Berlin's Futurium museum was swarmed by visitors before the COVID-19 pandemic with an interesting exhibition, a future laboratory and a forum for dialogue. Now the museum is set to reopen in March but guests have to prebook online before visiting it.
The museum encourages its guests to discover diverse future perspectives and possibilities on how we want to live in the coming days in a playful way. Before the pandemic broke out, people were crowding to get into Berlin's new Futurium museum.
Lengthy queues were forming on weekends, outside what looks like a giant floating metal box, located close to Chancellor Angela Merkel's office and the main train station.
After reopening in mid-2020 following Germany's first lockdown, the museum was again forced to closed for four months along with others like it across much of Europe.
Now galleries, museums, memorials, zoos and botanical gardens in Germany are being allowed to reopen to people with online bookings as part of relaxations to the country's ongoing lockdown, even as restaurants and bars remain closed.
Futurium museum has also announced it is reopening its 3,000-square-metre (32,291 square feet) permanent exhibition again on March 20, although all visits must be prebooked online in advance.
Entry to one of Berlin's newest museums is free until 2022 and the permanent exhibition asking "how do we want to live?" attracted tourists and locals in great numbers in the short time it was open.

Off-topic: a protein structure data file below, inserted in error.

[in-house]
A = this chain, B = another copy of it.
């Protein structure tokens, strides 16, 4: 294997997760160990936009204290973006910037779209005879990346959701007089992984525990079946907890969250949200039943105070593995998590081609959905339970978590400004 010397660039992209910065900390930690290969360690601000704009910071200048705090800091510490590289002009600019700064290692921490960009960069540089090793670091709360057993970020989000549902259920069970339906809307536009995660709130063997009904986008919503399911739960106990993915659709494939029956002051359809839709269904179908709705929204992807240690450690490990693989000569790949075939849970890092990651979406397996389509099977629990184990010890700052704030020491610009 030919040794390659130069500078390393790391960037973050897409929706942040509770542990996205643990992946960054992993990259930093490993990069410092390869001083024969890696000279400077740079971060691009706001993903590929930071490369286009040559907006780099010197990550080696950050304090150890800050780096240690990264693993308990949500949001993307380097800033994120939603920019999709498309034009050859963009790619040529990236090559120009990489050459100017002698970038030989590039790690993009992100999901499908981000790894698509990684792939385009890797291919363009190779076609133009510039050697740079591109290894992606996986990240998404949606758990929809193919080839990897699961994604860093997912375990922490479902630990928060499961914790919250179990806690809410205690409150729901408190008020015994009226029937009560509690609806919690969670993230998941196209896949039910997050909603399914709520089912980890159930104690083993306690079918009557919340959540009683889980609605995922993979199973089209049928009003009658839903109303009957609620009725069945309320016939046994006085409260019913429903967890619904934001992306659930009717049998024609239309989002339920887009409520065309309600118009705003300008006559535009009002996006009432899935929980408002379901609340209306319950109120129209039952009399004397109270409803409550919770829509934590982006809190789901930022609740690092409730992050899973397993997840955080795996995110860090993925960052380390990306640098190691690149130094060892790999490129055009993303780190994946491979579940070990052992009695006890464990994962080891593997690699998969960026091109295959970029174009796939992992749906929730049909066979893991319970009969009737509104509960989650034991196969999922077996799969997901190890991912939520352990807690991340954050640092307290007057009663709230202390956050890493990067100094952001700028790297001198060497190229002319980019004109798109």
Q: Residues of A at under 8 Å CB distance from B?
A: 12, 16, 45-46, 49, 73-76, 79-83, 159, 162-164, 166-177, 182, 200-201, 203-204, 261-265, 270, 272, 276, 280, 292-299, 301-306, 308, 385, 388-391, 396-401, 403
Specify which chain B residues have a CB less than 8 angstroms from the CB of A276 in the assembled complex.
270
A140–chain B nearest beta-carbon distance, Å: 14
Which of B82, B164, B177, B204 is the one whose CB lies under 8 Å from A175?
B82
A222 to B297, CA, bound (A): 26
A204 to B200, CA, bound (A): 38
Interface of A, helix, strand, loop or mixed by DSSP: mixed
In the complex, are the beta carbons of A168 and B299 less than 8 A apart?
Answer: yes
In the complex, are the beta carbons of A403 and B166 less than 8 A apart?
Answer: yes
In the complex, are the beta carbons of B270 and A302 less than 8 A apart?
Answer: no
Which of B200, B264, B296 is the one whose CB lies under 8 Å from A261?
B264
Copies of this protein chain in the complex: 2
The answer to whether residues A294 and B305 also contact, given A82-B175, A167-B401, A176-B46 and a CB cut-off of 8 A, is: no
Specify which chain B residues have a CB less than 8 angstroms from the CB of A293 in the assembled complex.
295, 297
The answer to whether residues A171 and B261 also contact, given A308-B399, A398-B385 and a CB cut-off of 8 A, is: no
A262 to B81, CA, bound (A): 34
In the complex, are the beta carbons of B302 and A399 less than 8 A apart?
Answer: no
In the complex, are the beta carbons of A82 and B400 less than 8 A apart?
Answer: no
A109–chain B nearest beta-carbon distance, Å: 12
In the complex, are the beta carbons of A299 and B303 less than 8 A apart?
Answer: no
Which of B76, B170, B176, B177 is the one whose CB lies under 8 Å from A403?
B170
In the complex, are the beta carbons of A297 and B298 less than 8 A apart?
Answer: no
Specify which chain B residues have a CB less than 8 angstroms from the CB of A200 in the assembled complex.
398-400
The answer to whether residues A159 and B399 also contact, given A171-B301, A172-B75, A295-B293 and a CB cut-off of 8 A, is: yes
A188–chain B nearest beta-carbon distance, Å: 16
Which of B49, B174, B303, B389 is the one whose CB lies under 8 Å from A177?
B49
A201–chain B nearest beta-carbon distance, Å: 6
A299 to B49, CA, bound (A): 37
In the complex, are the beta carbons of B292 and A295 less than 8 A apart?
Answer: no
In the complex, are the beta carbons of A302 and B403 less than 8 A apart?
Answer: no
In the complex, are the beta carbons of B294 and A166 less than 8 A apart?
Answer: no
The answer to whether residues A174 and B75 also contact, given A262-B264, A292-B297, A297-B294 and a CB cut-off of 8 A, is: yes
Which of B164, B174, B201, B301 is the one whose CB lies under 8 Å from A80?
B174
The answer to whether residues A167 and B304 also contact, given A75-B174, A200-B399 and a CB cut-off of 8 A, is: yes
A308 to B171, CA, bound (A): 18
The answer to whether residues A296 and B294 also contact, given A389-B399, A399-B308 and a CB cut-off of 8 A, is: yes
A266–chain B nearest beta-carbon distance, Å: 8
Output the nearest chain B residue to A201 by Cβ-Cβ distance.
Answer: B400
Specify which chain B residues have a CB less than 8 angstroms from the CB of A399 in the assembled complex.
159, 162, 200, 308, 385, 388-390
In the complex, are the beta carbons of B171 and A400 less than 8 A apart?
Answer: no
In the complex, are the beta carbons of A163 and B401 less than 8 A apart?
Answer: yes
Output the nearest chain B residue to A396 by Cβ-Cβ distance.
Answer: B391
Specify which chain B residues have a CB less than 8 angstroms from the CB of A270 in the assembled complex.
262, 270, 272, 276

All those tourists crowding in were looking for answers, it seems – and there are plenty inside, also about the future of the city itself.
Opened in September 2019, the building housing the museum was originally conceived as a showroom for the German industry.
It has since morphed into an educational undertaking, with the government holding 80% of the shares.
The museum seeks to help people understand the biggest questions about the future, encourage discussion and nudge people into action, according to its catalog.
The exhibition is divided into three main sections, covering nature, man and technology. The nature area addresses how to protect and conserve the environment in cities.
In Berlin and many other cities, vacant areas are being sealed off for construction, as living space as the steady influx of people continues. That disappearance of nature will have consequences for people's well-being and biodiversity.
The exhibition provides some ideas. One feature on display is the GraviPlant project – a rotating plant supply system that makes it possible to plant trees on house facades when there isn't enough green space on the ground. Such plants would also help prevent buildings from getting too hot in the summertime, too.
The exhibition returns repeatedly to Berlin, asking for example how traffic can be organized differently, and how to imagine participatory cities? What sustainable building materials are available? These questions and more encourage visitors to think about the Berlin of tomorrow.
The exhibition presents numerous options for action on the important questions of our times, but it does not impose a particular set of answers.
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